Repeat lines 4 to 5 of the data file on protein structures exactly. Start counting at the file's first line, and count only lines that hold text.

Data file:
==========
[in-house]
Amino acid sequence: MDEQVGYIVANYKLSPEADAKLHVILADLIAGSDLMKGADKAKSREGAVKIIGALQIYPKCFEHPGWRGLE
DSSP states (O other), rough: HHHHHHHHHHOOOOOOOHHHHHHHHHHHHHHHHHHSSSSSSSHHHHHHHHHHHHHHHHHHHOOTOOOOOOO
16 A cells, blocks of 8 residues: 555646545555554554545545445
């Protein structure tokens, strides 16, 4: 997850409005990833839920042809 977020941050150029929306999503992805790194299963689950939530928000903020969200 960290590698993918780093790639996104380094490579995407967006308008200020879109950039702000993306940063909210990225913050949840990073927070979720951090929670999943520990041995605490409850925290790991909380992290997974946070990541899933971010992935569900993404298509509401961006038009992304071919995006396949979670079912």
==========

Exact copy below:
16 A cells, blocks of 8 residues: 555646545555554554545545445
């Protein structure tokens, strides 16, 4: 997850409005990833839920042809 977020941050150029929306999503992805790194299963689950939530928000903020969200 960290590698993918780093790639996104380094490579995407967006308008200020879109950039702000993306940063909210990225913050949840990073927070979720951090929670999943520990041995605490409850925290790991909380992290997974946070990541899933971010992935569900993404298509509401961006038009992304071919995006396949979670079912």